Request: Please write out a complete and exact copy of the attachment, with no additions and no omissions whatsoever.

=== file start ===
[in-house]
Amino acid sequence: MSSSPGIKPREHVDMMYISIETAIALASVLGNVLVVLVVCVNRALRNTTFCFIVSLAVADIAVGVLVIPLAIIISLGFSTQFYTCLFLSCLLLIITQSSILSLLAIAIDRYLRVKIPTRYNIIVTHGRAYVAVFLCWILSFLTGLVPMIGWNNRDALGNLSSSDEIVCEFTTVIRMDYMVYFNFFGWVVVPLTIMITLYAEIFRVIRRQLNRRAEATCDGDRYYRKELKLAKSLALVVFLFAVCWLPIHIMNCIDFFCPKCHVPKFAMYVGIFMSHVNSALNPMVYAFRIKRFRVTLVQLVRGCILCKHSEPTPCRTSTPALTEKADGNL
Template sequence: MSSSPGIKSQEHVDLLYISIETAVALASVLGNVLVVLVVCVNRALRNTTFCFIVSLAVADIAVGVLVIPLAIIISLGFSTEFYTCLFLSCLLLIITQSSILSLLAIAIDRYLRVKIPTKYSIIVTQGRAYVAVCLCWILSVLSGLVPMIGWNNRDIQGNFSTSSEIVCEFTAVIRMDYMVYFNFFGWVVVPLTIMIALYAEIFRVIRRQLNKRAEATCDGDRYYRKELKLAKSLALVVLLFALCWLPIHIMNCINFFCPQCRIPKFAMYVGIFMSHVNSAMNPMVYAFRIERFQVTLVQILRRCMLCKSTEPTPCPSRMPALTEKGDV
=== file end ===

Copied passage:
[in-house]
Amino acid sequence: MSSSPGIKPREHVDMMYISIETAIALASVLGNVLVVLVVCVNRALRNTTFCFIVSLAVADIAVGVLVIPLAIIISLGFSTQFYTCLFLSCLLLIITQSSILSLLAIAIDRYLRVKIPTRYNIIVTHGRAYVAVFLCWILSFLTGLVPMIGWNNRDALGNLSSSDEIVCEFTTVIRMDYMVYFNFFGWVVVPLTIMITLYAEIFRVIRRQLNRRAEATCDGDRYYRKELKLAKSLALVVFLFAVCWLPIHIMNCIDFFCPKCHVPKFAMYVGIFMSHVNSALNPMVYAFRIKRFRVTLVQLVRGCILCKHSEPTPCRTSTPALTEKADGNL
Template sequence: MSSSPGIKSQEHVDLLYISIETAVALASVLGNVLVVLVVCVNRALRNTTFCFIVSLAVADIAVGVLVIPLAIIISLGFSTEFYTCLFLSCLLLIITQSSILSLLAIAIDRYLRVKIPTKYSIIVTQGRAYVAVCLCWILSVLSGLVPMIGWNNRDIQGNFSTSSEIVCEFTAVIRMDYMVYFNFFGWVVVPLTIMIALYAEIFRVIRRQLNKRAEATCDGDRYYRKELKLAKSLALVVLLFALCWLPIHIMNCINFFCPQCRIPKFAMYVGIFMSHVNSAMNPMVYAFRIERFQVTLVQILRRCMLCKSTEPTPCPSRMPALTEKGDV